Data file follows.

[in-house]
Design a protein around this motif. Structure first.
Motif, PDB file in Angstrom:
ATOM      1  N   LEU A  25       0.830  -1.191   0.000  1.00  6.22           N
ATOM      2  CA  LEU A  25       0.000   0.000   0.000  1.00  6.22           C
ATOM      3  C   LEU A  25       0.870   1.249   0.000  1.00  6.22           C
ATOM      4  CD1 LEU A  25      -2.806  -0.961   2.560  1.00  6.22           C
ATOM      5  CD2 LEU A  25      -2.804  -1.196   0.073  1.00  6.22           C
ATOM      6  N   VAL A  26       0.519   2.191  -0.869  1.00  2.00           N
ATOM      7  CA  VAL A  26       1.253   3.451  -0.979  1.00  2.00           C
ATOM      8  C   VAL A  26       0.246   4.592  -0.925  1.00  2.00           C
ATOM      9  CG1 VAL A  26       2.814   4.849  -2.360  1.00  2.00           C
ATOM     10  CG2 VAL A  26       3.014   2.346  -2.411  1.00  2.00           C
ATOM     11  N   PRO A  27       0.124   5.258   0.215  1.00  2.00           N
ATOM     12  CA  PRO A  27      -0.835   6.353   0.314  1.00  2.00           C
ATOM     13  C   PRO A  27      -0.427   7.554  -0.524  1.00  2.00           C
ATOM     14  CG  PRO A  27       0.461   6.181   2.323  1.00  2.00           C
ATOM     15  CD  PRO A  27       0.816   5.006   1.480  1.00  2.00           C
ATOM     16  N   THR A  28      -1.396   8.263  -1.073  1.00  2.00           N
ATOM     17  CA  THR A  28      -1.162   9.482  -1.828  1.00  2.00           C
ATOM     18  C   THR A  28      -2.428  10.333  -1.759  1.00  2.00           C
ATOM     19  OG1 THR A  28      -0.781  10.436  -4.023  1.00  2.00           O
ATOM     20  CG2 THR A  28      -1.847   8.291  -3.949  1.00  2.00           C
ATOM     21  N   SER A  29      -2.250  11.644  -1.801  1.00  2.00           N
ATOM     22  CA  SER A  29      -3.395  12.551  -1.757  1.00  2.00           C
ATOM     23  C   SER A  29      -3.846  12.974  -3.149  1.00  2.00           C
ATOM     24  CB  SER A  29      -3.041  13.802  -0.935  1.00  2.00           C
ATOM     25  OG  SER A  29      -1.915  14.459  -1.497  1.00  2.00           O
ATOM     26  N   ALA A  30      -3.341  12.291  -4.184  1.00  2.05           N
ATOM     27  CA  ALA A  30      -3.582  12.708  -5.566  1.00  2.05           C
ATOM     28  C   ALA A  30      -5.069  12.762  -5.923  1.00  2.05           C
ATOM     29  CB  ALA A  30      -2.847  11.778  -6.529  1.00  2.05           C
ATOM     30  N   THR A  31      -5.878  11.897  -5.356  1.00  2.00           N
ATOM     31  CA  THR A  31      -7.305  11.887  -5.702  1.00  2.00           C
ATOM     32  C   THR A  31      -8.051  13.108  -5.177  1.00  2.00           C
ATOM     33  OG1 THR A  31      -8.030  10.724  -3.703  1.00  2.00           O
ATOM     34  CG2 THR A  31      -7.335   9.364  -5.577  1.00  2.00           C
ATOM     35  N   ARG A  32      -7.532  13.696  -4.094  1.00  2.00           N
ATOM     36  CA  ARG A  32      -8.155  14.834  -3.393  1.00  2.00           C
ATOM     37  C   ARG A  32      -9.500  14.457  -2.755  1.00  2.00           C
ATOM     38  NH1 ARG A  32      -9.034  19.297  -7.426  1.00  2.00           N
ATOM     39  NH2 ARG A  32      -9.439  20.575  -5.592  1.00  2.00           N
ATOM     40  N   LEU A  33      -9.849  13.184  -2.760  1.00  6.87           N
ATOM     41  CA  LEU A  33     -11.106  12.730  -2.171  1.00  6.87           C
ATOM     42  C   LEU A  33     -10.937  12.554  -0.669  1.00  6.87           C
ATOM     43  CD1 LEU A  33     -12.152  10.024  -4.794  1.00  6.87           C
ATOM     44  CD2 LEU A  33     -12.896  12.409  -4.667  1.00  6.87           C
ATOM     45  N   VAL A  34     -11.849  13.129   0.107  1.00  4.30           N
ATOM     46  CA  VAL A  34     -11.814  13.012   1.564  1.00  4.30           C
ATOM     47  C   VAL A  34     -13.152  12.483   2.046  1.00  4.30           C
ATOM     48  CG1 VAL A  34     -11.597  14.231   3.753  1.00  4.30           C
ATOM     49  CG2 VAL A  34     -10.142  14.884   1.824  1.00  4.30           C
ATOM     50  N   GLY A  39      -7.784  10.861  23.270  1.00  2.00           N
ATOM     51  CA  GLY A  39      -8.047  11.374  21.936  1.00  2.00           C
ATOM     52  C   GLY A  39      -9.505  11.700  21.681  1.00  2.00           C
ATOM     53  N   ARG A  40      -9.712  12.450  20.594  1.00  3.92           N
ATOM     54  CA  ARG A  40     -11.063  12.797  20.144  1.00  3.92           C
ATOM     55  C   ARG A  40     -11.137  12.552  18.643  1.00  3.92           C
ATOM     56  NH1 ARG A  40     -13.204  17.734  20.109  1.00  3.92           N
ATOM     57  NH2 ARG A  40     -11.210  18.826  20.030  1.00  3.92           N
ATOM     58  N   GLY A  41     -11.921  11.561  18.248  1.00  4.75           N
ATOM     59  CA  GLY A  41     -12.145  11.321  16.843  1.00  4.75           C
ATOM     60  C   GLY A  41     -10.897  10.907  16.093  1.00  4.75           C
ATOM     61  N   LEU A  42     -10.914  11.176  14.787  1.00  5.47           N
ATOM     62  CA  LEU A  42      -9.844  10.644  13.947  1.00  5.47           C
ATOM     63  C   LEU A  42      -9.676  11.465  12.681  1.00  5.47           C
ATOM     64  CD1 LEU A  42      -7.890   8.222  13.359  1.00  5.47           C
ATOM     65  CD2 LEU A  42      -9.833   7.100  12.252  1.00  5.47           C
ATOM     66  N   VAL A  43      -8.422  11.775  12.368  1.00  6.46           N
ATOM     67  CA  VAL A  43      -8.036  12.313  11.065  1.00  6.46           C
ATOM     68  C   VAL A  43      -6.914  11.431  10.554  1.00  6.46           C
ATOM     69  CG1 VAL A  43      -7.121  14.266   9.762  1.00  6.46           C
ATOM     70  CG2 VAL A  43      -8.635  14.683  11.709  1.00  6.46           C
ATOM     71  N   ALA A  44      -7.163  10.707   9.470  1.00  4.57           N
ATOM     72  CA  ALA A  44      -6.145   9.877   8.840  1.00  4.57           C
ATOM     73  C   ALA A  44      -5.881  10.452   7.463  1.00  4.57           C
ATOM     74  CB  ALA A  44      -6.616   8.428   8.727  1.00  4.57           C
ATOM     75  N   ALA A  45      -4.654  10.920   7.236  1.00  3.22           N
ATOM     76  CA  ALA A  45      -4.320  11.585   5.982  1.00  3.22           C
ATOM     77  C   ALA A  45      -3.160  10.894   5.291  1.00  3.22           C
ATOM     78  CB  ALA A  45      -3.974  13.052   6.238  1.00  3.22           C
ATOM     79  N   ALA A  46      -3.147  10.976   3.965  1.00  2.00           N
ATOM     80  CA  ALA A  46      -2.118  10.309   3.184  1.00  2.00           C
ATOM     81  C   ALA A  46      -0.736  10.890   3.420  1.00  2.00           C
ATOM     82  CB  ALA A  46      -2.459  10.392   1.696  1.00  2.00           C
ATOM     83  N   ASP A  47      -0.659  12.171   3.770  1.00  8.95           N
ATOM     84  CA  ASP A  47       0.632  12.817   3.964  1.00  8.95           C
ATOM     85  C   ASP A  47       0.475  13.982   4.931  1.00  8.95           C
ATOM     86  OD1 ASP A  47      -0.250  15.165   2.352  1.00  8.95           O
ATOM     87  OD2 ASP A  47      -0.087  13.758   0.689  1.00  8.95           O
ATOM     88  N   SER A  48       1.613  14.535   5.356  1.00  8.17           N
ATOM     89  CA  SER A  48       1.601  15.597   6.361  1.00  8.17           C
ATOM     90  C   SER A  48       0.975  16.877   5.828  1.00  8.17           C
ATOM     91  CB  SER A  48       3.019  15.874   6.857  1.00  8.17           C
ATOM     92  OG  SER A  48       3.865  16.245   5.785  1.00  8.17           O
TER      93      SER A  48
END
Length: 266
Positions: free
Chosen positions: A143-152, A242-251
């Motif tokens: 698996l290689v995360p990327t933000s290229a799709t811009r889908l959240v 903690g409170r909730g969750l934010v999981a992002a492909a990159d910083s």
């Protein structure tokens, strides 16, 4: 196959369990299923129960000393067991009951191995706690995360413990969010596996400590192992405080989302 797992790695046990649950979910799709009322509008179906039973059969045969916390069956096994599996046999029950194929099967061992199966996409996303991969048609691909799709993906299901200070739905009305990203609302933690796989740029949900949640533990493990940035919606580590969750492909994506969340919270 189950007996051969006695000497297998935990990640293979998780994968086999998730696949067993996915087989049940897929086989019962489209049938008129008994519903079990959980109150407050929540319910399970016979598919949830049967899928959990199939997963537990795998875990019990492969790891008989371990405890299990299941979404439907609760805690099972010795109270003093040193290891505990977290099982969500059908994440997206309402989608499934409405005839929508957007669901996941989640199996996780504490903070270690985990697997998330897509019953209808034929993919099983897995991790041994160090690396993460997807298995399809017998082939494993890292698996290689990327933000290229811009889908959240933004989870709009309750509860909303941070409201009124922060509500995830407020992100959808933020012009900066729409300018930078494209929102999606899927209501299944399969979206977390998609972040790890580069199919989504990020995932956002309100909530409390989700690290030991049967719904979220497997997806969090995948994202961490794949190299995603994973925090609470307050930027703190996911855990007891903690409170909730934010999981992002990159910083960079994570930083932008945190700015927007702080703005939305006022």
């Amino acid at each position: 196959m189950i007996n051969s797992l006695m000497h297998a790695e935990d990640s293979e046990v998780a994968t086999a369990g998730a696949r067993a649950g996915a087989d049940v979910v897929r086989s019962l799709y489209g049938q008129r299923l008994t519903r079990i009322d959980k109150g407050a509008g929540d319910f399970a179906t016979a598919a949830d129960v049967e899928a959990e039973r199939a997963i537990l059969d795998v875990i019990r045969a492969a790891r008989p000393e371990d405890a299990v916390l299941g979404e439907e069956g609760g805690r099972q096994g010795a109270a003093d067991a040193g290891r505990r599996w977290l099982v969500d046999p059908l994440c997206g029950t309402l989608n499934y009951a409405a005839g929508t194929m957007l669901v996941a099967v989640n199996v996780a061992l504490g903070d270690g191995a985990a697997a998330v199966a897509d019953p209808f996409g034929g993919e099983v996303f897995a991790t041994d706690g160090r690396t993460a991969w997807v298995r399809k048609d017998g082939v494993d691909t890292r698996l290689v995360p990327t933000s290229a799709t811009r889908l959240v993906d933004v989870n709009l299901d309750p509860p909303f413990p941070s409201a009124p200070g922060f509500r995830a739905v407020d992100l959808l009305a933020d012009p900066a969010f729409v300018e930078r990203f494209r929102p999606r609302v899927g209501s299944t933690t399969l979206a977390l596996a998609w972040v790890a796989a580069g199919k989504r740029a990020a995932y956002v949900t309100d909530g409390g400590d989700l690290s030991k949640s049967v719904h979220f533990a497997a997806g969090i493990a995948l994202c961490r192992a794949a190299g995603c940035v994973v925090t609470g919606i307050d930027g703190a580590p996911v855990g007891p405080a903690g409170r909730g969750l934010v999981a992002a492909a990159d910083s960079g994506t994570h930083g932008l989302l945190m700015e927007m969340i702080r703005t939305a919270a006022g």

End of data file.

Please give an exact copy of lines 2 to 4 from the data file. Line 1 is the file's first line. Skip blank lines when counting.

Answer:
Design a protein around this motif. Structure first.
Motif, PDB file in Angstrom:
ATOM      1  N   LEU A  25       0.830  -1.191   0.000  1.00  6.22           N